United States District Court, E.D. Michigan, Southern Division
OPINION AND ORDER GRANTING IN PART AND DENYING IN
PART DEFENDANT'S MOTION TO DISMISS (DOC. 10)
CARAM STEEH UNITED STATES DISTRICT JUDGE.
the court is Defendant's motion to dismiss. The court
heard oral argument on August 5, 2019, and took the matter
under advisement. For the reasons explained below,
Defendant's motion is granted in part and denied in part.
action arises out of an insurance claim for property damage.
Plaintiff Luxury Limousine, Inc., provides transportation
services. On June 4, 2018, Plaintiff obtained a commercial
policy of insurance from Defendant National Indemnity Company
(“NIC”) covering several vehicles. See
Doc. 5 at ¶ 7. Plaintiff alleges that on September 4,
2018, five of its vehicles were vandalized, including four
buses and a Rolls Royce. Plaintiff submitted a claim to NIC
the following day.
an appraisal performed on the five damaged vehicles.
Plaintiff's counsel sent a letter to NIC on September 28,
2018, regarding the claim, but received no immediate
response. Id. at ¶ 13. On October 26, 2018,
Plaintiff received a request from NIC for certain records.
Plaintiff's counsel attempted to set up a meeting to
discuss the claim in December 2018; Plaintiff alleges that
its overtures were “not responded to” during
December and that a meeting was not held until January 2019.
Plaintiff contends that NIC has unreasonably delayed in
processing its claim and that it continues to lose
significant revenue as the damaged vehicles await repairs.
also alleges that the lost revenue has resulted in its
inability to pay its insurance premiums. NIC cancelled
Plaintiff's policy on February 3, 2019. Plaintiff alleges
that it is unable to operate its business without insurance
coverage, which is required under state law.
complaint alleges the following causes of action: Count I,
breach of contract; Count II, specific performance; Count
III, breach of policy and statutory duties to give notice of
cancellation; Count IV, statutory interest; Count V, tortious
interference with business relations; and Count VI,
arbitrary, reckless, indifferent and/or intentional actions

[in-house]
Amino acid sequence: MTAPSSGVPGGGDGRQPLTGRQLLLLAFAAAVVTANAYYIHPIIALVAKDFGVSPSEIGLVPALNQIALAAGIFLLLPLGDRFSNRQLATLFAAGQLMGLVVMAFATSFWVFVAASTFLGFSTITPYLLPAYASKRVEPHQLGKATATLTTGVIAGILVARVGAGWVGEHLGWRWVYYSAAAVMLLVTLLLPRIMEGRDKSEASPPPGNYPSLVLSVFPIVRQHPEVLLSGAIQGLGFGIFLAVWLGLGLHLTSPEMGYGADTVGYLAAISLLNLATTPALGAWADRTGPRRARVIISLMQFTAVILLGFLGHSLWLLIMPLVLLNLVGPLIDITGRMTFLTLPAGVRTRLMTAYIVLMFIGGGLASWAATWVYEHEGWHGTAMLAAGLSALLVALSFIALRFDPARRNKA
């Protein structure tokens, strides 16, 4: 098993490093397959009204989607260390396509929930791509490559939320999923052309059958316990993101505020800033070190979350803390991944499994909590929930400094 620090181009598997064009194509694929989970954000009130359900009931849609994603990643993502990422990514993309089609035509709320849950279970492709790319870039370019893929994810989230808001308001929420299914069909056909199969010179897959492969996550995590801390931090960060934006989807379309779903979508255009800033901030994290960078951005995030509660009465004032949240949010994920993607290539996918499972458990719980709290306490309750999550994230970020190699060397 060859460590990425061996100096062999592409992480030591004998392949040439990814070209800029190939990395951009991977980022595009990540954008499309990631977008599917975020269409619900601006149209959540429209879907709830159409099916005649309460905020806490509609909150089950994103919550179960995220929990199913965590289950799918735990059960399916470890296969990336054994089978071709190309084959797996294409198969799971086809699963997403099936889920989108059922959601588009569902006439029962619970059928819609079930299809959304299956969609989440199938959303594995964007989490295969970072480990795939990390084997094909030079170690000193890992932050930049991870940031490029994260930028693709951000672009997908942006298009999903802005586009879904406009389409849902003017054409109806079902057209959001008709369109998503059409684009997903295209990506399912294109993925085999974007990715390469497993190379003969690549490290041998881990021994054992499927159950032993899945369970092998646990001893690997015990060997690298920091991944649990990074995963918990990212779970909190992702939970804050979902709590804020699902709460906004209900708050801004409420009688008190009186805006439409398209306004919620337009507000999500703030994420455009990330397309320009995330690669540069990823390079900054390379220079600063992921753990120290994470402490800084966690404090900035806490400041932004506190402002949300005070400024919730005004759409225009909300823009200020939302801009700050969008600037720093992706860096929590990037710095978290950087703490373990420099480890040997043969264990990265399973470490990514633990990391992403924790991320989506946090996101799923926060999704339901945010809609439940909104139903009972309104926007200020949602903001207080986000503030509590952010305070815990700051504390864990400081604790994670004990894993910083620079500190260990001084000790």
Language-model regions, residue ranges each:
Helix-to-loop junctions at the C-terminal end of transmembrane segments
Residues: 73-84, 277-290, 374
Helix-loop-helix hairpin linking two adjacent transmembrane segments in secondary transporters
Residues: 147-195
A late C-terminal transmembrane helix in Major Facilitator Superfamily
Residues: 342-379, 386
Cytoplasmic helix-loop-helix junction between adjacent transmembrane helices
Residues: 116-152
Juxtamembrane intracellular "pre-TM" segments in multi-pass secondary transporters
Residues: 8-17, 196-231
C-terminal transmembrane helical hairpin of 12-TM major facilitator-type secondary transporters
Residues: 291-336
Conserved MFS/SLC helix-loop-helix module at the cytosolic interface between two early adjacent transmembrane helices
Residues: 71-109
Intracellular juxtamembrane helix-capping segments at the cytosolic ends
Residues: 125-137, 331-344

in disregard of the duties owed to policy holder (bad faith).
Defendant has filed a motion for partial dismissal with
respect to Plaintiff's specific performance, tortious
interference, and bad faith claims.
Standard of Review
motion under Rule 12(b)(6) of the Federal Rules of Civil
Procedure seeks dismissal based upon the plaintiff's
failure to state a claim upon which relief can be granted. To
survive a motion to dismiss, the plaintiff must allege facts
that, if accepted as true, are sufficient “to raise a
right to relief above the speculative level” and to
“state a claim to relief that is plausible on its
face.” Bell Atlantic Corp. v. Twombly, 550
U.S. 544, 555 (2007); see also Ashcroft v. Iqbal,
556 U.S. 662, 678 (2009). The complaint “must contain
either direct or inferential allegations respecting all the
material elements to sustain a recovery under some viable
legal theory.” Advocacy Org. for Patients &
Providers v. Auto Club Ins. Ass'n, 176 F.3d 315, 319
(6th Cir. 1999) (internal quotation marks omitted).
general, the court does not consider matters outside the
complaint when assessing whether the plaintiff has stated a
claim. Rondigo, L.L.C. v. Township of Richmond, 641
F.3d 673, 680-81 (6th Cir. 2011). If the court considers
materials outside of the complaint, it must ordinarily treat
the motion as one for summary judgment. Id. However,
the court may consider exhibits attached to the complaint,
public records, and exhibits that are “referred to in
the complaint and central to the claims contained
therein” without converting a motion to dismiss to a
motion for summary judgment. Id.
attached exhibits to its response brief, including a police
report, appraisals, correspondence, and an affidavit. These
outside materials are not appropriate for the court to
consider in conjunction with a Rule 12(b)(6) motion.
Additionally, the court finds that these materials are not
relevant to the question of whether Plaintiff has stated
viable claims for relief. The court will disregard the
exhibits and rely upon the four corners of Plaintiff's
characterized as a separate claim in the complaint, specific
performance is an equitable remedy, not a cause of action.
See Ruegsegger v. Bangor Twp. Relief Drain, 127
Mich.App. 28, 30-31 (1983). Specific performance is an
appropriate remedy for a breach of contract when there is an
“inadequate remedy at law.” JPMorgan Chase
Bank, N.A. v. Winget, 510 F.3d 577, 584 (6th Cir. 2007).
“The equitable remedy of specific performance may be
awarded where the legal remedy of damages is
impracticable.” Ruegsegger, 127 Mich.App. at
31. A damages remedy is deemed impracticable when “it
is impossible to arrive at a legal measure ...